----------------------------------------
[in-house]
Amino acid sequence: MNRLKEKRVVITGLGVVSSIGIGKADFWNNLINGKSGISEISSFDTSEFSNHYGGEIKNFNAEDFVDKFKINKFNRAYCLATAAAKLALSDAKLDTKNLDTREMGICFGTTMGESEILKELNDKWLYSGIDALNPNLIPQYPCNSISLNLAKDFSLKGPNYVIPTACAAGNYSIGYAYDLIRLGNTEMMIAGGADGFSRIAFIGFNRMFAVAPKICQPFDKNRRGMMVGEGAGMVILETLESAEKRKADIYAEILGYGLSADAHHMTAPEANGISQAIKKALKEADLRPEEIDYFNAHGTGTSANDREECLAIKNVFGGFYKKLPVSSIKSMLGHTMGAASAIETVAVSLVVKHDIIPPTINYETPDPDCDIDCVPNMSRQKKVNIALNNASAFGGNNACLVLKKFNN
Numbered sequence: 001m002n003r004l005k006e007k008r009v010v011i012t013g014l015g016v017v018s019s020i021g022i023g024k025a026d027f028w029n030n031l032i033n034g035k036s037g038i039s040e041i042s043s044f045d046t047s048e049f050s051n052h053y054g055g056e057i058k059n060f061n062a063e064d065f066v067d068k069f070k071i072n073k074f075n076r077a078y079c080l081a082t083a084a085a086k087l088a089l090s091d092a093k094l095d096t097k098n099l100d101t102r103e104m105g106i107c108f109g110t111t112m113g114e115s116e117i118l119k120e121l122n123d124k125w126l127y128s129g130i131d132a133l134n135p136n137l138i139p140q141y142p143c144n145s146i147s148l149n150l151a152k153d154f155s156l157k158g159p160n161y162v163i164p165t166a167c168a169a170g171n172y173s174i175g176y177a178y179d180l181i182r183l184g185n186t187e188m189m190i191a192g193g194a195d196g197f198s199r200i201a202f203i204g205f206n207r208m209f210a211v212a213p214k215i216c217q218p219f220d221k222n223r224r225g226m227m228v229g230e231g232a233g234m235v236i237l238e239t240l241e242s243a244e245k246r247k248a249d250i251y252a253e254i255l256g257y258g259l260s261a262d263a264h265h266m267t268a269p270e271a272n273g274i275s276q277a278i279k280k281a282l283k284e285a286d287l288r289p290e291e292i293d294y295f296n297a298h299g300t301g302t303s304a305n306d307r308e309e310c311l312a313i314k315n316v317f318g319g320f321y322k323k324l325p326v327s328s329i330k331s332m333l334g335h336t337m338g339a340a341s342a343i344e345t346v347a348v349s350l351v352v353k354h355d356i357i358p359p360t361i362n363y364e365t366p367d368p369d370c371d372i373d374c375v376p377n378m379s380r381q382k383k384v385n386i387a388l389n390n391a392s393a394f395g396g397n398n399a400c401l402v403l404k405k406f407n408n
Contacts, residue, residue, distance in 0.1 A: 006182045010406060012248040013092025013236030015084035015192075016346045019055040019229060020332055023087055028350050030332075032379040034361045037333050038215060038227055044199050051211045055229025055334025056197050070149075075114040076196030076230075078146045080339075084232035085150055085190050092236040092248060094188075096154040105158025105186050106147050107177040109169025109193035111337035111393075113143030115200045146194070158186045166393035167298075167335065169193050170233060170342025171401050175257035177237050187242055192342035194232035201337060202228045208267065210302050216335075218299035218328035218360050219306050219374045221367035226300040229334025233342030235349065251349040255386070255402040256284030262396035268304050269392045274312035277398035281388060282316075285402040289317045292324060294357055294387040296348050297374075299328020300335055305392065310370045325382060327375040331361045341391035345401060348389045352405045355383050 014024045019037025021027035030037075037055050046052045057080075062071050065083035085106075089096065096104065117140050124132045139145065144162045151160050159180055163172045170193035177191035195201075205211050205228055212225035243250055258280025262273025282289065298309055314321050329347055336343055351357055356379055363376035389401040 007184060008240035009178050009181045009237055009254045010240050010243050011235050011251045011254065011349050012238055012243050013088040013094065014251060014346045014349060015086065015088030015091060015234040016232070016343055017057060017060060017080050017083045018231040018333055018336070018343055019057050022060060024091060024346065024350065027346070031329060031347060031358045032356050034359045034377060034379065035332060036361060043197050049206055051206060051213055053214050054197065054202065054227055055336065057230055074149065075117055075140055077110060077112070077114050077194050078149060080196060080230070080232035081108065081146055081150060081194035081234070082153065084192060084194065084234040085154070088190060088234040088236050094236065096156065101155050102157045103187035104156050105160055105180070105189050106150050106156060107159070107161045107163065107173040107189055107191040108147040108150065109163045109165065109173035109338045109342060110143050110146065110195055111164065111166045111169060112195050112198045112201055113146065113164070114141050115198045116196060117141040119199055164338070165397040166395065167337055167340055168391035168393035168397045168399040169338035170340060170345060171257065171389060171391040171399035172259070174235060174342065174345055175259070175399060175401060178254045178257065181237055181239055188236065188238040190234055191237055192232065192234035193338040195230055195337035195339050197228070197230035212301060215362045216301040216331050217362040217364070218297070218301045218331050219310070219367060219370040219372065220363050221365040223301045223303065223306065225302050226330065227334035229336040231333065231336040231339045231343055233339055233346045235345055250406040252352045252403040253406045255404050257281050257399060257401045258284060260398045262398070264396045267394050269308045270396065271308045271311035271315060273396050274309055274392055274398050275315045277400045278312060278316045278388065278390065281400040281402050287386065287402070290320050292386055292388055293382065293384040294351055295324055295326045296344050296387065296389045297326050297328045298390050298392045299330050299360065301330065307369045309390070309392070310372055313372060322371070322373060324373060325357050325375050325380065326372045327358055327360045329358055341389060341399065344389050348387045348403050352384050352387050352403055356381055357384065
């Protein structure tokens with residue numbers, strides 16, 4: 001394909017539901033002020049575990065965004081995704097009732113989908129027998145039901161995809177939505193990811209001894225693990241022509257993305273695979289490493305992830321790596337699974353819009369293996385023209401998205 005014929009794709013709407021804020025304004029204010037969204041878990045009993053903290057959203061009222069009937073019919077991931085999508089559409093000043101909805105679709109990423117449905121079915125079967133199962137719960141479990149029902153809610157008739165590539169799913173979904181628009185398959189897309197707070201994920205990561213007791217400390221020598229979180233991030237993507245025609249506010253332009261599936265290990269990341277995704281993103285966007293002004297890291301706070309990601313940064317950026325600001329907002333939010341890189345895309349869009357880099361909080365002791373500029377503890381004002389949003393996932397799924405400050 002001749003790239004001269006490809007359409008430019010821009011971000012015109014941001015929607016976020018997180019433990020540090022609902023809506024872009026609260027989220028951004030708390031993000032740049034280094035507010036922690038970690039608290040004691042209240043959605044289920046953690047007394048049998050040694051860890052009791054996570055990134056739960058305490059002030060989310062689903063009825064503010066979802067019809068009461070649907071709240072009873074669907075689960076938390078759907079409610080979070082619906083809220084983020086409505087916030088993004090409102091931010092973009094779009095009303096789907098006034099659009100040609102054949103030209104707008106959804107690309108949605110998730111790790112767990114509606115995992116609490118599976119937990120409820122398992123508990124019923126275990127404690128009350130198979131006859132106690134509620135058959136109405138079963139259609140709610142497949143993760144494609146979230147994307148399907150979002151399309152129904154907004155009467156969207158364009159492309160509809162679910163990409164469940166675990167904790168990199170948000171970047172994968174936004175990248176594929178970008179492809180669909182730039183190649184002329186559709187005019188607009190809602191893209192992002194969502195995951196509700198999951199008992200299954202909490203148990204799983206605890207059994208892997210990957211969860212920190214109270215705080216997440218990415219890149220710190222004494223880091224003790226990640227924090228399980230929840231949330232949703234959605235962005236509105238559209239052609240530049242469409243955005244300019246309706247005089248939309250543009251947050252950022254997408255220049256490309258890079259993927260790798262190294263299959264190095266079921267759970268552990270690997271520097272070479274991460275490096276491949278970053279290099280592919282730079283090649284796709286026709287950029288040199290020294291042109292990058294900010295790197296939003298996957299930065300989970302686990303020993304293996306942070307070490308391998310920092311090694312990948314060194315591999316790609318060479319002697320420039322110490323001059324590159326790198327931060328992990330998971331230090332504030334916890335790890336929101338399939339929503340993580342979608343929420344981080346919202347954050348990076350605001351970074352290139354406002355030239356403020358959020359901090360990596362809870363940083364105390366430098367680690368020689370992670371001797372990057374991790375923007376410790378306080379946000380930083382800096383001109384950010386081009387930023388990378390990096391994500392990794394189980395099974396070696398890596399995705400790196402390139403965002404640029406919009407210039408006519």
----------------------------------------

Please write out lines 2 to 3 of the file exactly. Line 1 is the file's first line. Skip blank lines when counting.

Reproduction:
Amino acid sequence: MNRLKEKRVVITGLGVVSSIGIGKADFWNNLINGKSGISEISSFDTSEFSNHYGGEIKNFNAEDFVDKFKINKFNRAYCLATAAAKLALSDAKLDTKNLDTREMGICFGTTMGESEILKELNDKWLYSGIDALNPNLIPQYPCNSISLNLAKDFSLKGPNYVIPTACAAGNYSIGYAYDLIRLGNTEMMIAGGADGFSRIAFIGFNRMFAVAPKICQPFDKNRRGMMVGEGAGMVILETLESAEKRKADIYAEILGYGLSADAHHMTAPEANGISQAIKKALKEADLRPEEIDYFNAHGTGTSANDREECLAIKNVFGGFYKKLPVSSIKSMLGHTMGAASAIETVAVSLVVKHDIIPPTINYETPDPDCDIDCVPNMSRQKKVNIALNNASAFGGNNACLVLKKFNN
Numbered sequence: 001m002n003r004l005k006e007k008r009v010v011i012t013g014l015g016v017v018s019s020i021g022i023g024k025a026d027f028w029n030n031l032i033n034g035k036s037g038i039s040e041i042s043s044f045d046t047s048e049f050s051n052h053y054g055g056e057i058k059n060f061n062a063e064d065f066v067d068k069f070k071i072n073k074f075n076r077a078y079c080l081a082t083a084a085a086k087l088a089l090s091d092a093k094l095d096t097k098n099l100d101t102r103e104m105g106i107c108f109g110t111t112m113g114e115s116e117i118l119k120e121l122n123d124k125w126l127y128s129g130i131d132a133l134n135p136n137l138i139p140q141y142p143c144n145s146i147s148l149n150l151a152k153d154f155s156l157k158g159p160n161y162v163i164p165t166a167c168a169a170g171n172y173s174i175g176y177a178y179d180l181i182r183l184g185n186t187e188m189m190i191a192g193g194a195d196g197f198s199r200i201a202f203i204g205f206n207r208m209f210a211v212a213p214k215i216c217q218p219f220d221k222n223r224r225g226m227m228v229g230e231g232a233g234m235v236i237l238e239t240l241e242s243a244e245k246r247k248a249d250i251y252a253e254i255l256g257y258g259l260s261a262d263a264h265h266m267t268a269p270e271a272n273g274i275s276q277a278i279k280k281a282l283k284e285a286d287l288r289p290e291e292i293d294y295f296n297a298h299g300t301g302t303s304a305n306d307r308e309e310c311l312a313i314k315n316v317f318g319g320f321y322k323k324l325p326v327s328s329i330k331s332m333l334g335h336t337m338g339a340a341s342a343i344e345t346v347a348v349s350l351v352v353k354h355d356i357i358p359p360t361i362n363y364e365t366p367d368p369d370c371d372i373d374c375v376p377n378m379s380r381q382k383k384v385n386i387a388l389n390n391a392s393a394f395g396g397n398n399a400c401l402v403l404k405k406f407n408n